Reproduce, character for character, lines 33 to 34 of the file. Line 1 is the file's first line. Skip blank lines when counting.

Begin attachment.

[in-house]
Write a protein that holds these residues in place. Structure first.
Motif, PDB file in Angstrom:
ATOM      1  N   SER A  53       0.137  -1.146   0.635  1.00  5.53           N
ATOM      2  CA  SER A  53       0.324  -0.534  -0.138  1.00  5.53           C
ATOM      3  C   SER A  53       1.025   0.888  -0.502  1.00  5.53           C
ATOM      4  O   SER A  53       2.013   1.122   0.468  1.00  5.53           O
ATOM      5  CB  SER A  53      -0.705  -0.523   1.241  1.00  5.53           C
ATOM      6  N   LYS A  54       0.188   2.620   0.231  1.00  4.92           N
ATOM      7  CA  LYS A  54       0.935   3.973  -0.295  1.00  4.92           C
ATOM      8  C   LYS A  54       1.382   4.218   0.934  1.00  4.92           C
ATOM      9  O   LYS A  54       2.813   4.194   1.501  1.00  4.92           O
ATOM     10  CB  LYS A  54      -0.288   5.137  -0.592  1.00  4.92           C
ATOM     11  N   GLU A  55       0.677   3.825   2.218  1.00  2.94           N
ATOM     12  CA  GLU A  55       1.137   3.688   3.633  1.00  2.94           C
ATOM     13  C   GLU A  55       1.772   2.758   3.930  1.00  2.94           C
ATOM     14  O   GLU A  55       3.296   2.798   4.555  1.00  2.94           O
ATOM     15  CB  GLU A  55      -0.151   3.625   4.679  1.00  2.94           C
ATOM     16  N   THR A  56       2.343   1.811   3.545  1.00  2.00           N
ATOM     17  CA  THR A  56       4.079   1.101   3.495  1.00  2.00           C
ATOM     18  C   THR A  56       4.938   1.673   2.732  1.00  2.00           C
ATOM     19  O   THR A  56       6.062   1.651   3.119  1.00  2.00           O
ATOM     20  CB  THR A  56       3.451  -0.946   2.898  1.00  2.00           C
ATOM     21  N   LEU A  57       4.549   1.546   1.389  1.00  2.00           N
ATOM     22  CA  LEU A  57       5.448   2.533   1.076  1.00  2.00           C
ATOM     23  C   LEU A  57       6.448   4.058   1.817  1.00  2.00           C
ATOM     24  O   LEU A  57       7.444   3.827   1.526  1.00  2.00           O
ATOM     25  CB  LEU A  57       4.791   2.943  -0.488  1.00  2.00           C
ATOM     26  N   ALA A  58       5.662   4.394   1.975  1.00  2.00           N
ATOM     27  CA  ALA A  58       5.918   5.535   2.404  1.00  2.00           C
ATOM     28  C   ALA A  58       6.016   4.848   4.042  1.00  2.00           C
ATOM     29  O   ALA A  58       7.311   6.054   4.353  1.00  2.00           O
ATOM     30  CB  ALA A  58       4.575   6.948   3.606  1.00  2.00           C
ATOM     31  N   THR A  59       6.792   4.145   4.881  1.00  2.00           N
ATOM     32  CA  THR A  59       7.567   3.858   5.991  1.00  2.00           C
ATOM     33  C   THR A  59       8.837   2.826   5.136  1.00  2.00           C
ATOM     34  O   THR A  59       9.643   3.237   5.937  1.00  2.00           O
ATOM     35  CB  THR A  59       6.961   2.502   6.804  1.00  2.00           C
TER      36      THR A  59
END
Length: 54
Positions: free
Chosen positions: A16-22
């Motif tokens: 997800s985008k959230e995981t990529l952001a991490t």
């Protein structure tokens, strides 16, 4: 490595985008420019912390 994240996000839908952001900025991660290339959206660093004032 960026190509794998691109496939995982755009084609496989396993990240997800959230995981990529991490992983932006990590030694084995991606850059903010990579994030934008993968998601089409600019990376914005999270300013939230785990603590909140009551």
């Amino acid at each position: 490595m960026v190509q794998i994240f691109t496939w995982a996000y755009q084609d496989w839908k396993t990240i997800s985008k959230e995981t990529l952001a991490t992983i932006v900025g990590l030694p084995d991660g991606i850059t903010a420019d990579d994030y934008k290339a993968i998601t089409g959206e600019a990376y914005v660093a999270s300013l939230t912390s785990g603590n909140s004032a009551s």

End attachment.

ATOM     30  CB  ALA A  58       4.575   6.948   3.606  1.00  2.00           C
ATOM     31  N   THR A  59       6.792   4.145   4.881  1.00  2.00           N